Persons Ineligible for Gratuity

As per Article 139 of the UAE Labour Law, the employees are not eligible for gratuity from their employers under the following circumstances:

1. On dismissal by the employer by invoking any reasons mentioned under Article 120 of the UAE Labour Law which allows summary dismissal of an employee on eleven exhaustive grounds mainly considered as instances of gross misconduct on part of the employee. An employee who resigned from his employment in order to avoid such dismissal also is not eligible for gratuity.

2. On resignation from the employment without notice except for the reasons mentioned under Article 121 of the UAE Labour Law as per which the employee can abandon his work without notice if the employer fails to honour his obligations towards him or if he is assaulted by the employer or the employer’s legal representatives, and such with regards to unlimited contracts, or prior to the completion of five years of continuous service with regard to limited contracts.

The UAE Labour Law provisions are more advantageous to the employee and its prime objective is to ensure the welfare of the employees. As per Article 141, if the establishment has a retirement system, an insurance or any similar scheme, the employee has an option to chose between the more beneficial retirement scheme or severance pay.

For any queries or services regarding Labour matters, you can contact us at +971 4 3298711 or send us an e-mail on consultants@uaeahead.com . Also visit our website www.uaeahead.com

Article by ProConsult Advocates & Legal Consultants the Leading Dubai Law Firm providing full legal services & legal representation in UAE courts

Divorce in UAE under the Federal Personal Status Law

Court Representation by Top Dubai Lawyers Experts on Dubai Law and the UAE Legal System

Ending a marriage is never going to be easy. There is no doubt about that, divorce will take its toll on you emotionally and financially. In this article, we will guide you to better understand the legal process which is followed in family disputes.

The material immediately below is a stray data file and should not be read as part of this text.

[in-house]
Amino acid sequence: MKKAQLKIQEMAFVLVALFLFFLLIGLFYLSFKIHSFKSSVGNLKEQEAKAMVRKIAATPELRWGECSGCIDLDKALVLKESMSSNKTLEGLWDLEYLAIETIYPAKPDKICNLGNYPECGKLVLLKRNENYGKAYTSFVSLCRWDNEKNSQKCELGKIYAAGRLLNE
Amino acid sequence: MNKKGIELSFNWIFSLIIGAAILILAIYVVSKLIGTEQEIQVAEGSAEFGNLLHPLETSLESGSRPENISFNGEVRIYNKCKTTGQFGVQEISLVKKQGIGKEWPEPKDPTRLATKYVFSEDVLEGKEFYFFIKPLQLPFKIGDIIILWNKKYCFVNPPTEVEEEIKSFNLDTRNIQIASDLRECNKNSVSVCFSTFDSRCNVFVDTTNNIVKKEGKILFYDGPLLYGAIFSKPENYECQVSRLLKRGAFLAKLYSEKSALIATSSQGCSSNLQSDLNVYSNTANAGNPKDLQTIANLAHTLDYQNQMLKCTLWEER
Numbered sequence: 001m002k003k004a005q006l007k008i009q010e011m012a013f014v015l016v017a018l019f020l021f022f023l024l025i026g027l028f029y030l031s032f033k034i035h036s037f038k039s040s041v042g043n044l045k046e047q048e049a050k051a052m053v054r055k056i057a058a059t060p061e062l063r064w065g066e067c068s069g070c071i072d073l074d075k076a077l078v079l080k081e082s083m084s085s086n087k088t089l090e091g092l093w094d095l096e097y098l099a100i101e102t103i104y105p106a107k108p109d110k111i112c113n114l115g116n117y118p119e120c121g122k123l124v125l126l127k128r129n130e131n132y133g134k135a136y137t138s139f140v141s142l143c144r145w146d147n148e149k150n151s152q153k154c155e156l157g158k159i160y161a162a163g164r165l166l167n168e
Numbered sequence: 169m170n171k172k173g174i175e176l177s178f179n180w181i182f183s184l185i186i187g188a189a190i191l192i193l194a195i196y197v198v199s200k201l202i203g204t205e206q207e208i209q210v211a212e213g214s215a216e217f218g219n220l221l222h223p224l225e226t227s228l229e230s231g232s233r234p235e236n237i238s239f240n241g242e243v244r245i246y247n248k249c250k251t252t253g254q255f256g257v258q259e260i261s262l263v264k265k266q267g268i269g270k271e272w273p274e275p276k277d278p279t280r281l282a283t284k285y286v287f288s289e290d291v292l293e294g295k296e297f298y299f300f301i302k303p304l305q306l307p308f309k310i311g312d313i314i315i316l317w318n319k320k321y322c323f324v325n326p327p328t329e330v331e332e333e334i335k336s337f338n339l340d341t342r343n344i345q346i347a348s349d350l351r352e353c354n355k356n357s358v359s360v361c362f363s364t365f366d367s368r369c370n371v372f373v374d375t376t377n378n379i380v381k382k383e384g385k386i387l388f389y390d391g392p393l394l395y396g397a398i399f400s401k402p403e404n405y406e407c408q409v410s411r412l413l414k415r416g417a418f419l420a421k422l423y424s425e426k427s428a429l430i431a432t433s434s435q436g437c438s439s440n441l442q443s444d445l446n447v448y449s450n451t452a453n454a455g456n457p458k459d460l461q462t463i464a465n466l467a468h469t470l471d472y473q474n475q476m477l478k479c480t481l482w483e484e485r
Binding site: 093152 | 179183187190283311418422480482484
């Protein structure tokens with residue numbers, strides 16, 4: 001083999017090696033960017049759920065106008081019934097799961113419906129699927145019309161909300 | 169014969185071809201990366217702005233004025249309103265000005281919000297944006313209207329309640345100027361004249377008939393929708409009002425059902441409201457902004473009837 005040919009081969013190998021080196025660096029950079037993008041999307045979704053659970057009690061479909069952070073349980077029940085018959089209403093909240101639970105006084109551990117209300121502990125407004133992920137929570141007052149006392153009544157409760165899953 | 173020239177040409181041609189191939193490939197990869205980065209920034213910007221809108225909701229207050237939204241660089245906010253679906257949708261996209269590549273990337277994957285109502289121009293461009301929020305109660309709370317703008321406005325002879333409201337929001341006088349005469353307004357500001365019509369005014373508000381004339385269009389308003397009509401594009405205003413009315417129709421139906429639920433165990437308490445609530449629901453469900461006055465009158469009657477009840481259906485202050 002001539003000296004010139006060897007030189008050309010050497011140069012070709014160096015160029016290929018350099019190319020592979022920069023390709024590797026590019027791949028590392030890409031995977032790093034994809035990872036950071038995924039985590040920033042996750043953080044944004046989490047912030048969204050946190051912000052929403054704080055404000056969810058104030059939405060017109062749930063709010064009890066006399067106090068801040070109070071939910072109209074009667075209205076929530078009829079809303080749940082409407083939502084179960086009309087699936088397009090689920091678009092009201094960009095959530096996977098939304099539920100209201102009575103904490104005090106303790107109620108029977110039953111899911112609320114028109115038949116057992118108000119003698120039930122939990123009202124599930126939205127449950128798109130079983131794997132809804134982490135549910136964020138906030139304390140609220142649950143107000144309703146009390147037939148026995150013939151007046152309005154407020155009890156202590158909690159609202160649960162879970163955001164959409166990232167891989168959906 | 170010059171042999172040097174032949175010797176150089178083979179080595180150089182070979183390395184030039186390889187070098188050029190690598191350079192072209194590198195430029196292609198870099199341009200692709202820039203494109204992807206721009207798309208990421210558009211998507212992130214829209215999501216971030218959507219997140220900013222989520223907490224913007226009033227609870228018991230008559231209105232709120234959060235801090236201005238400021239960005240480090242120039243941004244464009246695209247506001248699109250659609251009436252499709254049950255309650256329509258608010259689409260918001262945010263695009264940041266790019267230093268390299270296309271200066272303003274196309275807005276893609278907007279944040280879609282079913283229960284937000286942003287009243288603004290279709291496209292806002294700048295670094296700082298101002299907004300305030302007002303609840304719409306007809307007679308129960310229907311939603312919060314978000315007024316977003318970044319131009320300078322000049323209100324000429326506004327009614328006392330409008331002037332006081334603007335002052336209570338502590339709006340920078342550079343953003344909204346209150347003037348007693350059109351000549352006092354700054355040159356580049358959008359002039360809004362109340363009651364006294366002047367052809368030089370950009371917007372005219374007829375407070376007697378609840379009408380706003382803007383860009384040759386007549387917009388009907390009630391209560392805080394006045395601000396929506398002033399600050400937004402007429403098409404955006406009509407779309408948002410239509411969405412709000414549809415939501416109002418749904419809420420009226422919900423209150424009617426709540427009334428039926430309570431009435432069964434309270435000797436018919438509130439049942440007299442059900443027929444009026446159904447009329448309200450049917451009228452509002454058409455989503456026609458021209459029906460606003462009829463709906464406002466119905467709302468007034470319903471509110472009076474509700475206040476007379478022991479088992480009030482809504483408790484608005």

The first stage of the legal process for divorce is the Family Guidance Committee. The purpose of the Family Guidance Committee is to try and reconcile between the parties before separating them under Article 98 of the Personal Status Law of the UAE.

In family matters, the local Courts cannot be approached directly. As a prerequisite, the case has to start with the Family Guidance Committee prior to approaching the courts. This is considered as an important step as they try to resolve any matters amicably between the husband and the wife due to the importance of family in the social context.

  1. While approaching the Family Guidance Committee, the claimant needs to take the following documents with him/her:
  • Emirates ID
  • Original Marriage Certificate/ Contract

If the marriage has been contracted outside the UAE, then the documents should be legalized by the Ministry of Foreign Affairs and UAE Embassy of the issuing country. The same document then must be attested by the Ministry of Foreign Affairs in the UAE, translated into Arabic and stamped by the Ministry of Justice.

  1. Once the claimant has filed the above documents, the Family Guidance Committee gives a date for the hearing to the other party. At this stage of the process, the husband and the wife are required to appear in person before the Committee and cannot be represented by family members or lawyers.
  2. However, it should be noted that the Family Guidance Committee is not authorized to issue any judgment without the consent of both parties and force the other party to accept any solution. At this stage, the parties are well within their rights to refuse any settlement offered by the committee.
  3. Care should also be taken regarding the moral and cultural codes of the UAE, while approaching the family guidance committee or any court in the UAE. Both men and women should dress appropriately and in keeping with the cultural norms of the UAE. The Family Guidance Committee and the Courts have complete discretion to disallow inappropriately dressed person(s) from entering the court.
  4. If both parties attend and no amicable solution is reached, the Family Guidance Committee shall issue a No Objection Letter or Transfer Letter to the claimant. This NOC allows the claimant to file the case in Court and start the legal process of divorce.
  5. If the Parties reach an amicable solution and are willing to sign a settlement agreement to that effect, it is strongly advised that they seek the assistance of a lawyer at that point. The settlement agreement in this case is signed before the judge from the Family Guidance Department and kept in their file for all future references and two copies are given to the Parties. Both parties must abide by the terms of this settlement agreement, so any terms agreed between the parties should be reviewed by competent lawyer to ensure that, such terms are in their favor and not detrimental to their interest.